Finally. That 50mph wind blew through, the storms raged and quit, and the swell stacked up across the south west UK. Last week, that little corner of the earth was kissed by three days of glorious offshore conditions, with some winter sun to boot.
This run of swell kick started on Tuesday – but the wind was funky... swell was in the water though. Wednesday though, ooooeee, waves were solid all day in some spots – albeit, with a bit of wonk still mixed in from the previous day's winds. If you'd taken the day off work and got to the shore, you probably thought it was all a bit of a hoax -- having to wait 20 minutes plus for the sets to come through, due to the long period swell.
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When they rifled to shore though. sets were well overhead, cleaning out the lineup of those lured into a false sense of security, sitting in a bit. As the day panned out on the north coast of Cornwall, things only got glassier.
And that lasted well into the weekend. We know young phenom Lukas Skinner and photographer Luke Gartside went on a bit of a goose chase. We know a premier reef wasn't all-time, but a good size and a great opening day of 2022. A few of the beachies had a little more juice in them than originally forecast – that was due to the slight north in the swell that shot gunned waves to shore.
But this storm actually began brewing more than a week before it hit. And that's why it's always a good idea to keep an eye on the long-range forecast.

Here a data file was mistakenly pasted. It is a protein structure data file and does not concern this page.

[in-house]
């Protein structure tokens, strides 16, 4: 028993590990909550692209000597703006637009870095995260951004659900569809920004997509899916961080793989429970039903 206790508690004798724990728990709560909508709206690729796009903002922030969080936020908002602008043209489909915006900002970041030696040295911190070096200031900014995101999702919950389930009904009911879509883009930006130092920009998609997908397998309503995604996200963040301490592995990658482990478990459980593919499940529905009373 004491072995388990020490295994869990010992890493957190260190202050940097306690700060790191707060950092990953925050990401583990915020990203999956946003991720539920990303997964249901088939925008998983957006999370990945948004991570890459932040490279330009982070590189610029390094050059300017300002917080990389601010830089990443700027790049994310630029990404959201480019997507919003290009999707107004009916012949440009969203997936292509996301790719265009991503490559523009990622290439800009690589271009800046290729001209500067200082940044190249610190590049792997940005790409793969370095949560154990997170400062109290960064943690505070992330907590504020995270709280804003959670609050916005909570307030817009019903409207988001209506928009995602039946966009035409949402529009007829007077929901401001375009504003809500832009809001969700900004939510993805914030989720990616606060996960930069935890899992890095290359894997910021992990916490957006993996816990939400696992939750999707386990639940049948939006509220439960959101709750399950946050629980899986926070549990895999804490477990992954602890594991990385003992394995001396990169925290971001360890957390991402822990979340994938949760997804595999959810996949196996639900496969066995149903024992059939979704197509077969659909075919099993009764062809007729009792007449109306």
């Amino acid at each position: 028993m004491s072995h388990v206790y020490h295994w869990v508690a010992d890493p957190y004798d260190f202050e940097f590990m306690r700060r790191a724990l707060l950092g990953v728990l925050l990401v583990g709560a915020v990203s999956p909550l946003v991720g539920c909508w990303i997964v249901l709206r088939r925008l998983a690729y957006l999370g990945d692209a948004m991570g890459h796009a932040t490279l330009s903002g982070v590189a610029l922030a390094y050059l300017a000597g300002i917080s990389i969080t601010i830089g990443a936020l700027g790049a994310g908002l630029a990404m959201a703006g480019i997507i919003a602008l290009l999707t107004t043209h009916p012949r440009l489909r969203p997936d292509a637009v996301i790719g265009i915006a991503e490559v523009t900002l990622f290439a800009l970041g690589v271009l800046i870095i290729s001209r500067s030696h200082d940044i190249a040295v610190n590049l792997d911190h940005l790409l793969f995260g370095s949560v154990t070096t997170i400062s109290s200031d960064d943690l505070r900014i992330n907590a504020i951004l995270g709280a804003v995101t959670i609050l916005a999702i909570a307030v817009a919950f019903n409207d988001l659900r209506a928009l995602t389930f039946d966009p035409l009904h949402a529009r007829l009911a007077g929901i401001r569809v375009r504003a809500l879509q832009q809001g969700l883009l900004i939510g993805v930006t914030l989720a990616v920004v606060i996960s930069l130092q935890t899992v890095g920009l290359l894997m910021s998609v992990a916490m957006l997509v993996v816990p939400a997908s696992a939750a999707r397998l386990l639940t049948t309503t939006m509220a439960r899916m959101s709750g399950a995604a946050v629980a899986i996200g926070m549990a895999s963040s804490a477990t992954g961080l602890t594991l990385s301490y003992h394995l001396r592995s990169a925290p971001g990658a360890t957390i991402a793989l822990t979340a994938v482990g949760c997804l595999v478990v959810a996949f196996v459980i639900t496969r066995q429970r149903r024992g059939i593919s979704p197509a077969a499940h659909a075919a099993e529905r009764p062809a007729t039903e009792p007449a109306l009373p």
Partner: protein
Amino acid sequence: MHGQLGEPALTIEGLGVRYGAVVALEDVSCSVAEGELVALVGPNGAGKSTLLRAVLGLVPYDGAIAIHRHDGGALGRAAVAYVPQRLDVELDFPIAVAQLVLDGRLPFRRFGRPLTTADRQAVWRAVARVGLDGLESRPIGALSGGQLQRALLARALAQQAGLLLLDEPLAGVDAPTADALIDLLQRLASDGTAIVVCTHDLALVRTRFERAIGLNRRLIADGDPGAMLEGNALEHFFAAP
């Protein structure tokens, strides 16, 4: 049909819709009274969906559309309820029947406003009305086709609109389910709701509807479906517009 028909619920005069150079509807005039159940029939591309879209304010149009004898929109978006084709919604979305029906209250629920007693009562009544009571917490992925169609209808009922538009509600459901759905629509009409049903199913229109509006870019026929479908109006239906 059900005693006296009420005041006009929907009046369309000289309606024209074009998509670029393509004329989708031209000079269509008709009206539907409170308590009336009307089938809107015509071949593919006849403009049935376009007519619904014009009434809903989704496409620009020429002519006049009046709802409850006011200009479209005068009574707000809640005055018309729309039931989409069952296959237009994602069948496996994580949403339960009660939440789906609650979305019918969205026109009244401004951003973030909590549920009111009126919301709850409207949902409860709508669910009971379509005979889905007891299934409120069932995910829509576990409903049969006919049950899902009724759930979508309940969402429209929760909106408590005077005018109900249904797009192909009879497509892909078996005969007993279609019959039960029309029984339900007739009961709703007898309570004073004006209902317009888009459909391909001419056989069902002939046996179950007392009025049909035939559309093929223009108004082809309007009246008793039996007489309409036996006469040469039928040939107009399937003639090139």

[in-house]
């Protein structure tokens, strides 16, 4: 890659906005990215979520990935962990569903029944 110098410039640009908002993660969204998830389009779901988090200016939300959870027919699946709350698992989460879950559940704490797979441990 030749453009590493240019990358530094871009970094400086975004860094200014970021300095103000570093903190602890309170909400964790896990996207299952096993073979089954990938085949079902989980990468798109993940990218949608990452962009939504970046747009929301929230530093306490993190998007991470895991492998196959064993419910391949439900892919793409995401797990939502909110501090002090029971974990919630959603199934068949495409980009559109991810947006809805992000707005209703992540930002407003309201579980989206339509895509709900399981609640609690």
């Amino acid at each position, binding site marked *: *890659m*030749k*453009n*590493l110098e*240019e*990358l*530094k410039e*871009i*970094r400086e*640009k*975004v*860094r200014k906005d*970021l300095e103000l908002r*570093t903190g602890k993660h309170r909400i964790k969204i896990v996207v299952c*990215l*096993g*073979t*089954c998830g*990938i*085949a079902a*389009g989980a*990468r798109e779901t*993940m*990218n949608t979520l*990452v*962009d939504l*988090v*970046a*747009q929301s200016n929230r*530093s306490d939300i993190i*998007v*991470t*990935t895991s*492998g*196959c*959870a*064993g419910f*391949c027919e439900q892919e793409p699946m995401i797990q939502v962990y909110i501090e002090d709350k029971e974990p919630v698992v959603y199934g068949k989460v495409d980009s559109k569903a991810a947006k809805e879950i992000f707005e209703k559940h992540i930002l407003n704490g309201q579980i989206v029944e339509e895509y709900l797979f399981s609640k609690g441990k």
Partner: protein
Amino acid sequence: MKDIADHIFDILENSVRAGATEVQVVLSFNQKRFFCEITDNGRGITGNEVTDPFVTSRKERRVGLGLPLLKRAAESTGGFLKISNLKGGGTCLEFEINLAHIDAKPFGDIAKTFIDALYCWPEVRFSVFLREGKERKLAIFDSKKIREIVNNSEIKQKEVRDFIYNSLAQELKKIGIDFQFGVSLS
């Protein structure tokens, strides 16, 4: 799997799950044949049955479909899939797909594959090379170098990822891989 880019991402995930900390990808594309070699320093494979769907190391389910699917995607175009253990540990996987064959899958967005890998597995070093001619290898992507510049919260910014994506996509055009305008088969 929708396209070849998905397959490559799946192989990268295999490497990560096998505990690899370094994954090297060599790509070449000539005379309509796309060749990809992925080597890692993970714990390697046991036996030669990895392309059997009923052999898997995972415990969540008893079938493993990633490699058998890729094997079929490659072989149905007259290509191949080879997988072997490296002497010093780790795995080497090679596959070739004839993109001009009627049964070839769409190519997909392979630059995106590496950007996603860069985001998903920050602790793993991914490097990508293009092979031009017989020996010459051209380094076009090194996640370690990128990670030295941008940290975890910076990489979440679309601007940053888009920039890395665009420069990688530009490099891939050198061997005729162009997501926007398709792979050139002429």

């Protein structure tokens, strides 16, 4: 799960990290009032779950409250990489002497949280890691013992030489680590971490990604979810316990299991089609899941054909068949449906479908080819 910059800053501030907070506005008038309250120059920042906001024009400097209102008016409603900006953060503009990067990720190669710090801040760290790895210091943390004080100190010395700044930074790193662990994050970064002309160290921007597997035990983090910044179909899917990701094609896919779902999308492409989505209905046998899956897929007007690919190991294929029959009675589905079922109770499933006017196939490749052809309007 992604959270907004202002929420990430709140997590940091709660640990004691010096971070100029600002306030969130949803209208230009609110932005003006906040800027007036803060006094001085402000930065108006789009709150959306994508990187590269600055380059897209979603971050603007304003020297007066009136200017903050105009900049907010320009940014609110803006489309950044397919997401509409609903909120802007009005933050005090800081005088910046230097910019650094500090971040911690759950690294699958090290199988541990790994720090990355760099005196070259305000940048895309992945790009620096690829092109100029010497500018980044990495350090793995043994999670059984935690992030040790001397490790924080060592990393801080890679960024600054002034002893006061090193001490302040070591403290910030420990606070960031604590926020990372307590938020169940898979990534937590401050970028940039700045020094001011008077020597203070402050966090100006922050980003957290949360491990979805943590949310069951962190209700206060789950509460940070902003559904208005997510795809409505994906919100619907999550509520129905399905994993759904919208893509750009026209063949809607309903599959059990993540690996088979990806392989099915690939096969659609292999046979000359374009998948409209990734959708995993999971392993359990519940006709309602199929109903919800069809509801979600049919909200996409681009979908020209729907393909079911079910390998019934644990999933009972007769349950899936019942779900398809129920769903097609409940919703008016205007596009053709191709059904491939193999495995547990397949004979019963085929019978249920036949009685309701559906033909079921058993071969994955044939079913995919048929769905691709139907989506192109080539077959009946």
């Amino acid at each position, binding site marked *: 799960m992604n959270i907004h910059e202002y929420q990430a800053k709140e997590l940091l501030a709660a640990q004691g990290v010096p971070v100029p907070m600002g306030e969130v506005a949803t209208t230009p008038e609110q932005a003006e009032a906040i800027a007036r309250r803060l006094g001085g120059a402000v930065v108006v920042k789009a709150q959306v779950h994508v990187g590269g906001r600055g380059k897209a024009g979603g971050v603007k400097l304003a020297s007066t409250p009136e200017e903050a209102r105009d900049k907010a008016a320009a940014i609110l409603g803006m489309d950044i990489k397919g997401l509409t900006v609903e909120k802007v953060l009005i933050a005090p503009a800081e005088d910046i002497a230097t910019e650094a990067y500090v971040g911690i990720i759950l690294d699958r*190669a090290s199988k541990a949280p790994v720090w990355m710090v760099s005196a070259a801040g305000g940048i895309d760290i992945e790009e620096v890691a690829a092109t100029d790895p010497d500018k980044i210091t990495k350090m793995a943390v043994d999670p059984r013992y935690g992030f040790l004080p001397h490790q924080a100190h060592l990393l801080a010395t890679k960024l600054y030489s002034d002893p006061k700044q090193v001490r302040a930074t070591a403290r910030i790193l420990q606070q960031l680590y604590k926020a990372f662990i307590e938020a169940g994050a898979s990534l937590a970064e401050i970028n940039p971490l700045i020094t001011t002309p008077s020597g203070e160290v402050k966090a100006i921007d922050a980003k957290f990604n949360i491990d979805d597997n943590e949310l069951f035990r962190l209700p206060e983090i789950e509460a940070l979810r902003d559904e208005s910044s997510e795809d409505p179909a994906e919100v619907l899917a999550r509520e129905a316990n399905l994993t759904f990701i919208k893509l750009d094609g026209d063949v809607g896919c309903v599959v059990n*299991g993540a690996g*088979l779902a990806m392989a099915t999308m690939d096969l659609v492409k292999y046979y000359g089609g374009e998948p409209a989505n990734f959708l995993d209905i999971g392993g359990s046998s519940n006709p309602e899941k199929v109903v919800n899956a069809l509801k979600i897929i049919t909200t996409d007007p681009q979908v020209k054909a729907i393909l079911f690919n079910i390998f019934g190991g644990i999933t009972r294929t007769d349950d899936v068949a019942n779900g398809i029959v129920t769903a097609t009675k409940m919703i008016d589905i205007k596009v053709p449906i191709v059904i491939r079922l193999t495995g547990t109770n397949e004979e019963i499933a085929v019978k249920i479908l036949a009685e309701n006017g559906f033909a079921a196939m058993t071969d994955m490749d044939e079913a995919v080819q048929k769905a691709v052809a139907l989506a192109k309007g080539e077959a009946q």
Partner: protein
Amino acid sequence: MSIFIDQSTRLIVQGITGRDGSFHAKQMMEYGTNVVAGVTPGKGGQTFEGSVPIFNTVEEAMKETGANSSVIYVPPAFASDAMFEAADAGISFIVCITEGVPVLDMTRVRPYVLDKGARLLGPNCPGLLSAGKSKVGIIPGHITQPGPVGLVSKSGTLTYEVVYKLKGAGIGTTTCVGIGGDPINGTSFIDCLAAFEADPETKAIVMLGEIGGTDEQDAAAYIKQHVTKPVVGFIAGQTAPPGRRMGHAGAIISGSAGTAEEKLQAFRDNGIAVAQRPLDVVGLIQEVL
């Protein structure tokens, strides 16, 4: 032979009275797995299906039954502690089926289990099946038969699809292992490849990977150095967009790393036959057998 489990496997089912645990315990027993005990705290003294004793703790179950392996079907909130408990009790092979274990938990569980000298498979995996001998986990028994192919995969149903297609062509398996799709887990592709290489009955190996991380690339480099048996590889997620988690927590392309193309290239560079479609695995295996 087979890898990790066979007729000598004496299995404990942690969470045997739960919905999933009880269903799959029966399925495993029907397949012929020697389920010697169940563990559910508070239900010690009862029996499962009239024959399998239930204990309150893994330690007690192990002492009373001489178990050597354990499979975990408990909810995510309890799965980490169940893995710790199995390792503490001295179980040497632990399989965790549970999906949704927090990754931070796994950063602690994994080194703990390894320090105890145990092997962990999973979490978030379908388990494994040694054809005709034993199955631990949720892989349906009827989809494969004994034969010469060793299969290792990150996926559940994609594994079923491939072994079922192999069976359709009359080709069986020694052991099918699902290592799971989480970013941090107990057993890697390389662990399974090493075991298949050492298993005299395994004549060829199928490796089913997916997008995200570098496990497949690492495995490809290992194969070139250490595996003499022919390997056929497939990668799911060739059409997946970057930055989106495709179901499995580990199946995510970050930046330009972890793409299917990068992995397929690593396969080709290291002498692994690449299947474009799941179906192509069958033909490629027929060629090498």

As MSW forecaster Tony Butt says: “A low pressure started to form off Newfoundland on January 8. Over the next day or so, it moved out into the Atlantic, got much bigger and travelled north, sitting just to the east of Greenland by the end of Sunday 9.
“It then moved northeast towards Iceland, bringing with it strong winds to the southern, which helped generate swell. The main bulk of that swell then travelled towards the far north, but a considerable amount also spread out towards the southeast, arriving in the southwest UK on Tuesday 11.
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“While all this was going on, another area of high pressure shifted from the Azores eastwards towards Portugal, then got bigger in the north. By late Tuesday and early Wednesday, it was centred over the Celtic Sea, creating very light wind conditions over southwest England and southern Ireland.
“In Cornwall, the beginning of the swell coincided with some left over swell and winds from a previous system, but conditions quickly cleaned up, (that would be that slightly funky day on Tuesday) with some good surf late in the day, particularly at west-facing spots.
“The swell peaked overnight Tuesday-Wednesday, with wave heights around six feet at exposed spots and periods of around 16 secs. It then tapered down very gradually during the rest of the week, falling below three feet at most spots by late Saturday.
“That high pressure persisted, keeping wind conditions excellent, with light east or southeast most of the time, picking up a bit on Friday as the centre of the high drifted slightly east.”
Keep an eye on your local forecasts for way more coming in too.